The Whole Gay Marriage Thing
A lot of noise was made yesterday around the country in the name of the fight for "the right" for same-sex couples to be legally married.
There are some mighty non sequiturs in the rhetoric of the gay lobby. Take the reported speach by Radical Women spokeswoman Alison Thorne, to the effect that
1) marriage is an oppressive institution designed to condemn women to lives of slavery, and hence:
2) same-sex couples should be equally entitled to it.
It makes one laugh out loud. Was she listening to herself?
The media is telling us that the ruling Australian Labor Party (ALP) has "voted against legalising same-sex marriage". That may be so, but what are we to make of the report on the front of The Age today which also says that "in a compromise backroom deal it [the ALP] expunged from its platform the words "between a man and a woman" when defining marriage"?
Apparently Senior minister Anthony Albanese "who helped broker the deal" said he believed "the momentum for change was "unstoppable... History is moving forward on these issues"."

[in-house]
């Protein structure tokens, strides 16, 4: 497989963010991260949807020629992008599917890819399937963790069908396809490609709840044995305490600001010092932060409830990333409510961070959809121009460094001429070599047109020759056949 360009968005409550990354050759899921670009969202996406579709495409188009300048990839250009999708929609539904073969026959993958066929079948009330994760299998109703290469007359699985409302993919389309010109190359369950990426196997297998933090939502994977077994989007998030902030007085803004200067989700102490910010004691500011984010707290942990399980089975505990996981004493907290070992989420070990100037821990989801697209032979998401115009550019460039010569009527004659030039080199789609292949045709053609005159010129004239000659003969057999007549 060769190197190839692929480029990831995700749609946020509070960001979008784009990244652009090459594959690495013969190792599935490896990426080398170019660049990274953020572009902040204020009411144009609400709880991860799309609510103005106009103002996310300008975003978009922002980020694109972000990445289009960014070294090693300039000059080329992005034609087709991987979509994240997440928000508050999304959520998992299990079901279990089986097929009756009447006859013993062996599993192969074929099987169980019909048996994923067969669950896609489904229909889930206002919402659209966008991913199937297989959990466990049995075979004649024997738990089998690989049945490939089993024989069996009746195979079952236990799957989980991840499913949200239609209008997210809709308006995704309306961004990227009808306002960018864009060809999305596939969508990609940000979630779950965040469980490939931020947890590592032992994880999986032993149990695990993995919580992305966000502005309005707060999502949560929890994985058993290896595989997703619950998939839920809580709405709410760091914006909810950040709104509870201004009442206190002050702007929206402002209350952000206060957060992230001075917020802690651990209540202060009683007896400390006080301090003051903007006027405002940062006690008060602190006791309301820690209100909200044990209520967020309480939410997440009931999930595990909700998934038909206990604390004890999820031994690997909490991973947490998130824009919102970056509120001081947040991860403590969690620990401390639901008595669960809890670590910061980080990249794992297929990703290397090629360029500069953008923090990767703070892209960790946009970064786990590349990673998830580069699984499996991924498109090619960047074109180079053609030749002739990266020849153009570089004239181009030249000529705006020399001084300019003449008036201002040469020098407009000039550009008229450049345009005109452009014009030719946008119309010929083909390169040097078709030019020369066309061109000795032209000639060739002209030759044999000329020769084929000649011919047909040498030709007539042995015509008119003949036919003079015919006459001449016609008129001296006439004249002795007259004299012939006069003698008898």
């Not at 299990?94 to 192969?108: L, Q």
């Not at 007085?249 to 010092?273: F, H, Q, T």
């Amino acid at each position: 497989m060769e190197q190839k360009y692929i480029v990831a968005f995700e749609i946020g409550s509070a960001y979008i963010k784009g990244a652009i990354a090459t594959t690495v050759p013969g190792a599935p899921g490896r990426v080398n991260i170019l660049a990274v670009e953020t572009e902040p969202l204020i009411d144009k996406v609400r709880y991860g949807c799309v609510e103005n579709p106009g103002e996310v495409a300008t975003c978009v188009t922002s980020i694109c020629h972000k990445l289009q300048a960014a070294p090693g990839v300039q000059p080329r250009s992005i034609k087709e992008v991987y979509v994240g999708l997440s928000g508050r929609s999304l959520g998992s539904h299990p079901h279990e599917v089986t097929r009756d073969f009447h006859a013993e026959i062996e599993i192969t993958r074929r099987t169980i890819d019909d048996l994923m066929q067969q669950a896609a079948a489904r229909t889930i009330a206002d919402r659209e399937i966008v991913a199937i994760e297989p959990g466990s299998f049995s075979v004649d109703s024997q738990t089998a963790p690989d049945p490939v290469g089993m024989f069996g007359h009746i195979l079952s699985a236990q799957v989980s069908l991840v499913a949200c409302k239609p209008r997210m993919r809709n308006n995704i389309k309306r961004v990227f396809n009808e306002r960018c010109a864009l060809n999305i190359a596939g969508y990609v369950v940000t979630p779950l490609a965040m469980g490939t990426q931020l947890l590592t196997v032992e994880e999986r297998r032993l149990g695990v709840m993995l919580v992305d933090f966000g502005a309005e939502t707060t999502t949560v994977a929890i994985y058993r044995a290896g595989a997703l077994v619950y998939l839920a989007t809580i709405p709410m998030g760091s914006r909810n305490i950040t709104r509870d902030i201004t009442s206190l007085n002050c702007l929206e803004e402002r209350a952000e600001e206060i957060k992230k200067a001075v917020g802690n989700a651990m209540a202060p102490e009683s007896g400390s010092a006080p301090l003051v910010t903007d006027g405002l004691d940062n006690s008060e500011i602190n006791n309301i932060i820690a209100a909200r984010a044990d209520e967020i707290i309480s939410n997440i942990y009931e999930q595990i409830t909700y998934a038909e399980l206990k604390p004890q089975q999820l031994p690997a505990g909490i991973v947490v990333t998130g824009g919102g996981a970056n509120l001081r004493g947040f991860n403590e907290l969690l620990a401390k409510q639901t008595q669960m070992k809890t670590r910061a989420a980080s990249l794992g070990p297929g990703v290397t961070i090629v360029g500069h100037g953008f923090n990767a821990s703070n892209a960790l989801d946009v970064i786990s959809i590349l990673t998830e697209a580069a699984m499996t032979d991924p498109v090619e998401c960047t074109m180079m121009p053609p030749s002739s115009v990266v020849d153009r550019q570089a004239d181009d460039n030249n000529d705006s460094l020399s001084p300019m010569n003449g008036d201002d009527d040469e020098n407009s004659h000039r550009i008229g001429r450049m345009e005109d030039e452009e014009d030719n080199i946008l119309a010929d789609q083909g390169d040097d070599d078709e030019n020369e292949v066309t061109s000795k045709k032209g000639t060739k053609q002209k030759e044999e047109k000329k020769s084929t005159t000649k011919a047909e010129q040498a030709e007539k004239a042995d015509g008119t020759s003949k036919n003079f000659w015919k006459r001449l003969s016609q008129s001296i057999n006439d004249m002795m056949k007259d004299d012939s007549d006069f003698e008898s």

"Australian Marriage Equality" spokesman Tim Wright seems to agree. He declared that "This is the civil rights movement of our decade. One day the forces of love will prove more powerful than the forces of fear."
1) AME and their crowd appear not to be able to distinguish between demonstrating that a cause represents a "human/civil right" and demonstrating that an issue that has popular support (if you believe the figures they quote). Why is same-sex marriage a right? If it is, why isn't polygamy a right? We shouldn't discriminate against children, so why don't minors have a right to marriage? Does popular support for same-sex marriage (if such exists - I don't think it does, or the politically savvy ALP would be supporting it) make it a right, while these other forms of "marriage" do not constitute a right for the same reason, ie. that they do not enjoy popular support?
2) The AME and the ALP are dreaming if they think the "force of love" can overturn an institution as old as human society. One is reminded of the dialogue from Hitchhikers Guide to the Galaxy:
Mr Prosser: "Mr Dent, do you have any idea how much damage that bulldozer would suffer if I were to let it roll right over you?"
Arthur: "How much?"
Mr Prosser: "None at all."